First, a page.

Search Images Maps Play YouTube News Gmail Drive More »
Sign in
Screen reader users: click this link for accessible mode. Accessible mode has the same essential features but works better with your reader.

Patents

  1. Advanced Patent Search
Publication numberUS3399277 A
Publication typeGrant
Publication dateAug 27, 1968
Filing dateMay 14, 1965
Priority dateMay 14, 1965
Also published asDE1290193B, DE1290193C2
Publication numberUS 3399277 A, US 3399277A, US-A-3399277, US3399277 A, US3399277A
InventorsEugene Davis William, Peter Lee George
Original AssigneeRadio Radio Corp Of America
Export CitationBiBTeX, EndNote, RefMan
External Links: USPTO, USPTO Assignment, Espacenet
Signal translating circuit
US 3399277 A
Abstract  available in
Images(1)
Previous page
Next page
Claims  available in
Description  (OCR text may contain errors)

Aug. 27, 1968 w, DAv|$ ET AL 3,399,277

SIGNAL TRANSLATING CIRCUIT Filed May 14, 1965 IOOK INVE TORI M4 1/441 1-? .5414: 6mm; 2 [is United States Patent 3,399,277 SIGNAL TRANSLATING CIRCUIT William Eugene Davis and George Peter Lee, Ind anapolis, Ind., assignors to Radio Corporation of America, a corporation of Delaware Filed May 14, 1965, Ser. No. 455,683 6 Claims. (Cl. 179-1) ABSTRACT OF THE DISCLOSURE In a push-pull amplifier where feedback is employed to control the gain and frequency response, a capacitor connected between the bases of the output transistors provides a low impedance path whereby the high frequencies that produce excessive phase-shift are cancelled, thereby rendering the system more stable.

This invention relates to amplifying systems in general and more particularly to push-pull amplifying systems.

Amplifying systems are generally required to have a predictable and substantially constant gain over a given range of frequencies. This is generally designated as the gain and frequency response of the amplifying system. Since the characteristic parameters of various electronic devices employed in circuits throughout the amplifying system change from component to component, and also change with time and temperature, degenerative feedback is generally employed to provide for a means for controlling the gain and the frequency response of the system.

The amount of degenerative feedback that can be em ployed in any particular amplifying system is limited by the amount of phase shift introduced into the system by various reactive components such as capacitors and transformers, etc. If the phase shift is such that instability occurs when the required amount of degenerative feedback is applied (to produce the required frequency response), the open loop (no feedback) gain and phase shift response, or the feedback network must be tailored by frequency sensitive networks to provide for the required degree of stability.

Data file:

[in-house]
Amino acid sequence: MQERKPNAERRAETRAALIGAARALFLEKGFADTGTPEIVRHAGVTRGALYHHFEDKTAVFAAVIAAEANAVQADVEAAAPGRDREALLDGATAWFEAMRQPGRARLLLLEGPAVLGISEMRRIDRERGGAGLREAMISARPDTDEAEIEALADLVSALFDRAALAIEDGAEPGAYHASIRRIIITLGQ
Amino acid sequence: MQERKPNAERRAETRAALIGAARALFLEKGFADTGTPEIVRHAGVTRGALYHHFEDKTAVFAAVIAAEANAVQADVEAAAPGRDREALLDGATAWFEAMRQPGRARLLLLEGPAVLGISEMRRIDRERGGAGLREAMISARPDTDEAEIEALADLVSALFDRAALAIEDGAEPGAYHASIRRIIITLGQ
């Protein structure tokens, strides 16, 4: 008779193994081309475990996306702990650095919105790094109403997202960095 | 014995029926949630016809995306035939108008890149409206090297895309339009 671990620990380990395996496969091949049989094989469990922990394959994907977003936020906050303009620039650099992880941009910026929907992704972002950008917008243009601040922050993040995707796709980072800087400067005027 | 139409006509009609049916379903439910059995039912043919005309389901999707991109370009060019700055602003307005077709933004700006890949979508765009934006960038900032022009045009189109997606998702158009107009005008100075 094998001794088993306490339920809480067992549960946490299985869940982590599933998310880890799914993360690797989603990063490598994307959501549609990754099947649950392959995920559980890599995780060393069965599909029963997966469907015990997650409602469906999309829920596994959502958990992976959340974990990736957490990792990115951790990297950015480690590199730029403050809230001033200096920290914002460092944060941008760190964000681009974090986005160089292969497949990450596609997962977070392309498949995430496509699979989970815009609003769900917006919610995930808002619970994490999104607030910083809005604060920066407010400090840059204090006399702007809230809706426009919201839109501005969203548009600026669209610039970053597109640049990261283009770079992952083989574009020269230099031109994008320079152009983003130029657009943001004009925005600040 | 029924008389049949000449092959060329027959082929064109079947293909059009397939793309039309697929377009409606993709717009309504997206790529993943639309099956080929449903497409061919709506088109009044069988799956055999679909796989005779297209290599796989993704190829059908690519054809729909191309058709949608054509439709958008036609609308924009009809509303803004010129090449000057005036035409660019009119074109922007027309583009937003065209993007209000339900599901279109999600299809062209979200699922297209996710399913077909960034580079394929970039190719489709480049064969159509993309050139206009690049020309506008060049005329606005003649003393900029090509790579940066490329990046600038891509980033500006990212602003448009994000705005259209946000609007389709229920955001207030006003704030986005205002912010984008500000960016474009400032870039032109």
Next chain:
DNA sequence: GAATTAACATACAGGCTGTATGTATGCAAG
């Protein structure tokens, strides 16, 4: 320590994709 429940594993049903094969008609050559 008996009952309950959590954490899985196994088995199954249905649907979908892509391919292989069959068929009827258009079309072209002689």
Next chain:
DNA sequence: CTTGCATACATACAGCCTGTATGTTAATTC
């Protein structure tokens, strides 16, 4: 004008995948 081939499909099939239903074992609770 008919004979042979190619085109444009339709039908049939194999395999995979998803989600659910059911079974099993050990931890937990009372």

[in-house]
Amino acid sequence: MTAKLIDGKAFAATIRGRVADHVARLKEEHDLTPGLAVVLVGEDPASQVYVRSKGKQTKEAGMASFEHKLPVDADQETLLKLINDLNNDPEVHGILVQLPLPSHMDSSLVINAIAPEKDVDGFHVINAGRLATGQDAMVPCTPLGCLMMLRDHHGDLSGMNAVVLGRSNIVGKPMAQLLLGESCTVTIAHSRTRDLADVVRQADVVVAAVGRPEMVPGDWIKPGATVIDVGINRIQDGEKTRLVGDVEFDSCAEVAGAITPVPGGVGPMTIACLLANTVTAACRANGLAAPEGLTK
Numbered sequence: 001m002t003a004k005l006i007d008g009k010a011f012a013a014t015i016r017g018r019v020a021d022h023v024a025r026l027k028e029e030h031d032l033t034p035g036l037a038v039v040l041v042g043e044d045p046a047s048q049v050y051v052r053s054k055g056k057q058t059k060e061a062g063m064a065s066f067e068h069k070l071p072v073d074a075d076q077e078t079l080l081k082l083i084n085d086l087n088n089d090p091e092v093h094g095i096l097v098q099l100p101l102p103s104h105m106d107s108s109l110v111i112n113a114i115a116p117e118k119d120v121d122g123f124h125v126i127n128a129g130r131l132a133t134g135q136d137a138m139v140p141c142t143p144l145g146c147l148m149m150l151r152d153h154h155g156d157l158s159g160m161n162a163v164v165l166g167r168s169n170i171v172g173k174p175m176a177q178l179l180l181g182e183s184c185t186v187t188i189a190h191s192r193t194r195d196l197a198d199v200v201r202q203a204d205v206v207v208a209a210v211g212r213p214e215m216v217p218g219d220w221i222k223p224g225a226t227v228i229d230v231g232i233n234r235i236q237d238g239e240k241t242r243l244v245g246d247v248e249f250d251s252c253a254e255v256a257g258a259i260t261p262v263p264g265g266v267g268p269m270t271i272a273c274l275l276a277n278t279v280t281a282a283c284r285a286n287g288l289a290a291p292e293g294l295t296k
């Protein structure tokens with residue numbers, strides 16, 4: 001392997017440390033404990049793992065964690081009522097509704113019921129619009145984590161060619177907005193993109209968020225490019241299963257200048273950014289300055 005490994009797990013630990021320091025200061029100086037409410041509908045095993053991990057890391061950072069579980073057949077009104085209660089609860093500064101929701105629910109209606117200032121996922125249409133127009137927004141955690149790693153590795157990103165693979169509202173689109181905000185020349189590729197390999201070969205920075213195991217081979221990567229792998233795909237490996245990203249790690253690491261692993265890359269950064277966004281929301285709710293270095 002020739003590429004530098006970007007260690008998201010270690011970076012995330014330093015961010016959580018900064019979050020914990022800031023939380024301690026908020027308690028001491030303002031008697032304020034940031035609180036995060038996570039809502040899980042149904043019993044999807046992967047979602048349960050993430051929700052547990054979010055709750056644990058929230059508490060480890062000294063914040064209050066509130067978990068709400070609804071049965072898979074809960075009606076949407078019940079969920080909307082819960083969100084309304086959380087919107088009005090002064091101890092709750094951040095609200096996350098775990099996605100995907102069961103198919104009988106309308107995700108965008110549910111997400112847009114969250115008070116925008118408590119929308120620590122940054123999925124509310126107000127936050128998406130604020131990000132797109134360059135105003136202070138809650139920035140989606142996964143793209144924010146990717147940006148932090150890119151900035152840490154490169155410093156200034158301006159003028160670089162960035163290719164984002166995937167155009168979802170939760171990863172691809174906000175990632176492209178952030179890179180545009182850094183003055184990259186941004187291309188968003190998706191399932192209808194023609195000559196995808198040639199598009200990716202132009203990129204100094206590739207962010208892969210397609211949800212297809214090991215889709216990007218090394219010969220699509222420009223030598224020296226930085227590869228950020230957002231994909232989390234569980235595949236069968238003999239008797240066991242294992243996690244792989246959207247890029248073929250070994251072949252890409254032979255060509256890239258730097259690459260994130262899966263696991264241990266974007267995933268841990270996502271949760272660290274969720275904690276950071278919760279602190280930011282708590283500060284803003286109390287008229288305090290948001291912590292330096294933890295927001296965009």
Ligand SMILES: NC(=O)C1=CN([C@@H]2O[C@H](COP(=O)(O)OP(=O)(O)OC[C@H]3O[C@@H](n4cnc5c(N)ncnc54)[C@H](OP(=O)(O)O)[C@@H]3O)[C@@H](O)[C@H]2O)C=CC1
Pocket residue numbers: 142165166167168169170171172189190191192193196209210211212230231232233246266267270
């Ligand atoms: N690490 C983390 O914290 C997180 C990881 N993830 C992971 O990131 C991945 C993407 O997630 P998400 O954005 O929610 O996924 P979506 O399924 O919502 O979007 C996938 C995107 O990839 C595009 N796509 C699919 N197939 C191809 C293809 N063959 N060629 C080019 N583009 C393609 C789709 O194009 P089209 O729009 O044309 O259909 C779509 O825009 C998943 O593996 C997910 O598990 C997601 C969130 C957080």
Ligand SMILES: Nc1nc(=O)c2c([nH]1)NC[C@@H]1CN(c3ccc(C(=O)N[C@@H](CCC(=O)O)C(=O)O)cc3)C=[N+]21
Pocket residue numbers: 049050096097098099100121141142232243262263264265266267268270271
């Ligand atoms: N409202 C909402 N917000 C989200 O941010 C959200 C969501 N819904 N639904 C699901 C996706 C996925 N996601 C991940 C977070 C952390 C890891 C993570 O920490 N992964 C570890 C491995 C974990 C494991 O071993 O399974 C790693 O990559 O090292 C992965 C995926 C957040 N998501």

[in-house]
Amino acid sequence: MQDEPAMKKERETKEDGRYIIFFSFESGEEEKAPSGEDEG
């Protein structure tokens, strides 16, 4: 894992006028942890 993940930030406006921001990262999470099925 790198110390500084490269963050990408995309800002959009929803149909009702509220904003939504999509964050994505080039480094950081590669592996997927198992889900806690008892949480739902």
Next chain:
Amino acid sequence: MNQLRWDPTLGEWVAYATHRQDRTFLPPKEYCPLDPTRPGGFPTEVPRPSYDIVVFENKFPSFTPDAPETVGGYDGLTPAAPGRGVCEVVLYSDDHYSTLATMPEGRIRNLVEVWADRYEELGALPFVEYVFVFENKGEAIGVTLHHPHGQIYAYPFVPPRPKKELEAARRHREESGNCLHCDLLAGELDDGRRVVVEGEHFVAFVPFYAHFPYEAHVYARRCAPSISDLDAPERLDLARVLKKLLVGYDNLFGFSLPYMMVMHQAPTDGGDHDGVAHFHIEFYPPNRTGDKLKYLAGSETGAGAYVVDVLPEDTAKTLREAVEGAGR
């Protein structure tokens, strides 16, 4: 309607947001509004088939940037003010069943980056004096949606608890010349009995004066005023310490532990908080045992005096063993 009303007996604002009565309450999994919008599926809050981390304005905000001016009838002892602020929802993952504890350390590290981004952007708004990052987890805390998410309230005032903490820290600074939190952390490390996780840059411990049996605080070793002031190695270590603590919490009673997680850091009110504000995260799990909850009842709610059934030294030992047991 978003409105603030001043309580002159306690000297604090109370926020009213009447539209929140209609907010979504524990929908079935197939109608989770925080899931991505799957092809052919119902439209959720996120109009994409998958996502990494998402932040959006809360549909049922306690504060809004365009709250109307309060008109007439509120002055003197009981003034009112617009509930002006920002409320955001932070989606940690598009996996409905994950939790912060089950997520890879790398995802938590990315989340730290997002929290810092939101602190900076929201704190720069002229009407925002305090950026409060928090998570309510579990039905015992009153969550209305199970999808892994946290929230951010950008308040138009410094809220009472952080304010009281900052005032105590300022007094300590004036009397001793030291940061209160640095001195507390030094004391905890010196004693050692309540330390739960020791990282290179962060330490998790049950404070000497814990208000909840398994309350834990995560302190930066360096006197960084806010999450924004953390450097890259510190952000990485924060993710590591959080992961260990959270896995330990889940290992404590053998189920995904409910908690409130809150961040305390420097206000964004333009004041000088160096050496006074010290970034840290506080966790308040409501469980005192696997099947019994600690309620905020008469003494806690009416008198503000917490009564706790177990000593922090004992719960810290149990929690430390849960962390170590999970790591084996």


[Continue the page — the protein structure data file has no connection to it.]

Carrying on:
In the case of high production type amplifying systems, such as the audio amplifying systems employed in television and radio receivers, these amplifying systems must economically meet the required gain and frequency response limits despite the wide variety of possible different combinations of parameters of the electronic devices employed. In these high production units, wherein economy is stressed, the cost of an individual component becomes a very important factor. The number of components employed must be minimized and the circuit must be designed to operate with off-the-shelf standard low-cost type components. Any frequency sensitive network employed to stabilize the closed loop operation of the amplifying system must also be designed by the same criterion.

It is therefore an object of this invention to provide an improved and low cost method for stabilizing push-pull amplifying systems.

It is also an object of this invention to provide a low cost means for stabilizing a push-pull amplifying system including degenerative feedback,

It is still a further object of this invention to provide a low cost means for stabilizing a push-pull amplifying system requiring a minimum number of components and using components having wide tolerances.

An amplifying system including the invention includes a push-pull output stage employing a pair of amplifying devices, such as a transistor, connected to develop an output voltage across a load in a push-pull manner. Coupling means, such as a driver amplifier stage, are provided between an input circuit and the control electrodes of these amplifying devices to drive the amplifying devices in a 'ice push-pull manner. A degenerative feedback path is coupled between the load and the input circuit to provide for a predictable gain and frequency response for the amplifying system. The amplifying system is stabilized by a capacitor coupled between the control electrodes of the amplifying devices.